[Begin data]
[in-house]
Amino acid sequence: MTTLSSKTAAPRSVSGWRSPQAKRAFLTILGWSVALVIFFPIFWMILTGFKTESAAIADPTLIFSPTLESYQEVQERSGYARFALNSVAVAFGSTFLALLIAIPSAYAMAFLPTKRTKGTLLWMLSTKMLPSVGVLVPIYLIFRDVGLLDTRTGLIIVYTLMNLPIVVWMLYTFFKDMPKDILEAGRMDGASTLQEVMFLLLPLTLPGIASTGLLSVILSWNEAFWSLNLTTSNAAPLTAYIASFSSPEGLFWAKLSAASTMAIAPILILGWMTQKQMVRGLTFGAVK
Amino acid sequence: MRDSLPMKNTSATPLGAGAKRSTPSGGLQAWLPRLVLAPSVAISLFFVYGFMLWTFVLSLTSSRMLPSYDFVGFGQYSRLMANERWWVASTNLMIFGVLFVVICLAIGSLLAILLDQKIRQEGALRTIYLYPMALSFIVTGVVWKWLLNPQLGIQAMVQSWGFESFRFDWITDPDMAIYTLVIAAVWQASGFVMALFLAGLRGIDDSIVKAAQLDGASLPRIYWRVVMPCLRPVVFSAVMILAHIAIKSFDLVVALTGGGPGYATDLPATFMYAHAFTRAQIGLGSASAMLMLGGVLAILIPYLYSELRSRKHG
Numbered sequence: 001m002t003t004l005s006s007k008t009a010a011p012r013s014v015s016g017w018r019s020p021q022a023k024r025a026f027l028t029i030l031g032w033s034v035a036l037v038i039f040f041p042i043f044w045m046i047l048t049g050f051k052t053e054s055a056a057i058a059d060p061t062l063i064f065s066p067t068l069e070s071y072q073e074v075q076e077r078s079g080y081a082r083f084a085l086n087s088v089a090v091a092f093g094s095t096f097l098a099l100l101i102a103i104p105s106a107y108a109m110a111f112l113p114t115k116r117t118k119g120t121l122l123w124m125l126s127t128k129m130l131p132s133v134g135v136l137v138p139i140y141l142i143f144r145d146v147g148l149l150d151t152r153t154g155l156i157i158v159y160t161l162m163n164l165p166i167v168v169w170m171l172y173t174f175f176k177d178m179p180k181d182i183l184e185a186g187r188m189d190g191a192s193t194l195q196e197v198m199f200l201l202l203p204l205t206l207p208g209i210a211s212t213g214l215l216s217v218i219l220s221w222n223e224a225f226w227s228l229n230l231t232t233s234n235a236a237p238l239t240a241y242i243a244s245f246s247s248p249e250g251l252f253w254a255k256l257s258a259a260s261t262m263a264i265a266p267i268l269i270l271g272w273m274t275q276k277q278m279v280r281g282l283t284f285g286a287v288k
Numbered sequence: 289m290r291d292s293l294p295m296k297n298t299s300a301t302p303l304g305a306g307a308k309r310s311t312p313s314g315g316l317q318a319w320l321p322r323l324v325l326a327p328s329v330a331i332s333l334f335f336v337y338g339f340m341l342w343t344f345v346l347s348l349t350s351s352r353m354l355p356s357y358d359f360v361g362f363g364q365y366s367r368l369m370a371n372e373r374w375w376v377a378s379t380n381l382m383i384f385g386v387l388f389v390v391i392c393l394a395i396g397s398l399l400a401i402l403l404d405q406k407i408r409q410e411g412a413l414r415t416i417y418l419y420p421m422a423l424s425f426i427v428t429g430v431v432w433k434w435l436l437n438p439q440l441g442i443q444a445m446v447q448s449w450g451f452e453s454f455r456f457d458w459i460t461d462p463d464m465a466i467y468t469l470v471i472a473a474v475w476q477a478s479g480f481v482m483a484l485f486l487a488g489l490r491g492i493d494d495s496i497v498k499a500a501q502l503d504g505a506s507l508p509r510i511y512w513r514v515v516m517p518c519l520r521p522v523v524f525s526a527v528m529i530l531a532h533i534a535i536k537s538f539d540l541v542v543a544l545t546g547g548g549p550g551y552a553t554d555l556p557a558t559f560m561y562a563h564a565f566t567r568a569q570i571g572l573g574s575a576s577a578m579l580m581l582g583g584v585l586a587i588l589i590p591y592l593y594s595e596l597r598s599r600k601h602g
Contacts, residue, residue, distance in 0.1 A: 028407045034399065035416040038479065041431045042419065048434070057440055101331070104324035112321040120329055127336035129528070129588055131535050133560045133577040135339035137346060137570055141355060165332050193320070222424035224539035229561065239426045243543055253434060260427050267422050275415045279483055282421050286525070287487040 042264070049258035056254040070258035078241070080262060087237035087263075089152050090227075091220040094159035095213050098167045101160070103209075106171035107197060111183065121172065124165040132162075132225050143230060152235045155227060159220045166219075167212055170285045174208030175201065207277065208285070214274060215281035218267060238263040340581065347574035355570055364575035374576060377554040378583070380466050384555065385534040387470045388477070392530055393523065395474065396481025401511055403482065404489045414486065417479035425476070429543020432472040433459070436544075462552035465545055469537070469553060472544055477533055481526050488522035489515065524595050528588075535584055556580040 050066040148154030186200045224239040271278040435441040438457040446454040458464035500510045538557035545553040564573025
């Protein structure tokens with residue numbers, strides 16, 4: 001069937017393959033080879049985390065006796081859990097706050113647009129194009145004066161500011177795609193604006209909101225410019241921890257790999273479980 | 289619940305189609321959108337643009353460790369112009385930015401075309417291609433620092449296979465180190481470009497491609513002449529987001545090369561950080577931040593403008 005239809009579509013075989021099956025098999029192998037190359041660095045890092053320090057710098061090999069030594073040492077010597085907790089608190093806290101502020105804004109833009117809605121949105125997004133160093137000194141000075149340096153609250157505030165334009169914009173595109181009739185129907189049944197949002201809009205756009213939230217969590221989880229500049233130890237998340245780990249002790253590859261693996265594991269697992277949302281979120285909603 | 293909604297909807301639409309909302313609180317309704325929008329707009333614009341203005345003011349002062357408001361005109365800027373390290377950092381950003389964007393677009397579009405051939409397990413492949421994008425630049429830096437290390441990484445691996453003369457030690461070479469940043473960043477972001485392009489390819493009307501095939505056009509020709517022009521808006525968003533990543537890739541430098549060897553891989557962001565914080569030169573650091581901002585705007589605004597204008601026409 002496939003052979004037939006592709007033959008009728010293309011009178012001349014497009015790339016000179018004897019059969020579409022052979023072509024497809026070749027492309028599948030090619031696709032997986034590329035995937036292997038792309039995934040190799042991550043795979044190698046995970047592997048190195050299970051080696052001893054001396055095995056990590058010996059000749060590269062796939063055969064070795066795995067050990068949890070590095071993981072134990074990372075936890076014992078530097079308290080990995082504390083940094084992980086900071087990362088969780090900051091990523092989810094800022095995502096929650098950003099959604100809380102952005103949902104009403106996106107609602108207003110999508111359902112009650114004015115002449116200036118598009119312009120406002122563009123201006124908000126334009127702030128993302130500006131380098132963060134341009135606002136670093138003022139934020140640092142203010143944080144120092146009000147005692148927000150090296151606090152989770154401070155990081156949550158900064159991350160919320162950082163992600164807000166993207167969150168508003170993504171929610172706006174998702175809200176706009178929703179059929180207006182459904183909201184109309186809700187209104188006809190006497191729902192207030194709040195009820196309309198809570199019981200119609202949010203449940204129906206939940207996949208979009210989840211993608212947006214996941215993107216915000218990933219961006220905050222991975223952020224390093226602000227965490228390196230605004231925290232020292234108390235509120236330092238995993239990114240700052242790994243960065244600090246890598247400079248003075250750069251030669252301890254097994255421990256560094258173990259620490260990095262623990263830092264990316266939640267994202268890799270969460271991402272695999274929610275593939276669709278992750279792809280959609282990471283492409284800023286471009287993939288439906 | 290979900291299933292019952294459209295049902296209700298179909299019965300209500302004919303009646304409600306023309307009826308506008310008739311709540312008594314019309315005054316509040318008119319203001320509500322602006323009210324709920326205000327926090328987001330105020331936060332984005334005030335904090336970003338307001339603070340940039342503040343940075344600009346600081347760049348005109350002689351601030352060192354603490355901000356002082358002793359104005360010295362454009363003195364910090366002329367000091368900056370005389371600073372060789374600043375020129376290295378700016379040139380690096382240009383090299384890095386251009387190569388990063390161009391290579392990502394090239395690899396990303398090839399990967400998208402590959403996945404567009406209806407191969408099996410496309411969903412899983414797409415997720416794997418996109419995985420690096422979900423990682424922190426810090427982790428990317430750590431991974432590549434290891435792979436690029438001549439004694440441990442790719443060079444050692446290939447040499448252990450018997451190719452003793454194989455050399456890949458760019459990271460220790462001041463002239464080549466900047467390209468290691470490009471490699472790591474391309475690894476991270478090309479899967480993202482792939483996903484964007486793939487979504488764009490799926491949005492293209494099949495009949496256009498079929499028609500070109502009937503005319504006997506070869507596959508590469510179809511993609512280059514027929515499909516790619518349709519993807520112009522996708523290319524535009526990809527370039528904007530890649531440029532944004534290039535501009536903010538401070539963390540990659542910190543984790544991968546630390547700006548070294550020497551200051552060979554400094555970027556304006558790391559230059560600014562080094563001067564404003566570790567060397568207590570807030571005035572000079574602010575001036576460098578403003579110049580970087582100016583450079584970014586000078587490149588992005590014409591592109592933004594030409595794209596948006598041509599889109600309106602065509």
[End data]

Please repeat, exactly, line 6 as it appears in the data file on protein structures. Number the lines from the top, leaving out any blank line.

Contacts, residue, residue, distance in 0.1 A: 028407045034399065035416040038479065041431045042419065048434070057440055101331070104324035112321040120329055127336035129528070129588055131535050133560045133577040135339035137346060137570055141355060165332050193320070222424035224539035229561065239426045243543055253434060260427050267422050275415045279483055282421050286525070287487040 042264070049258035056254040070258035078241070080262060087237035087263075089152050090227075091220040094159035095213050098167045101160070103209075106171035107197060111183065121172065124165040132162075132225050143230060152235045155227060159220045166219075167212055170285045174208030175201065207277065208285070214274060215281035218267060238263040340581065347574035355570055364575035374576060377554040378583070380466050384555065385534040387470045388477070392530055393523065395474065396481025401511055403482065404489045414486065417479035425476070429543020432472040433459070436544075462552035465545055469537070469553060472544055477533055481526050488522035489515065524595050528588075535584055556580040 050066040148154030186200045224239040271278040435441040438457040446454040458464035500510045538557035545553040564573025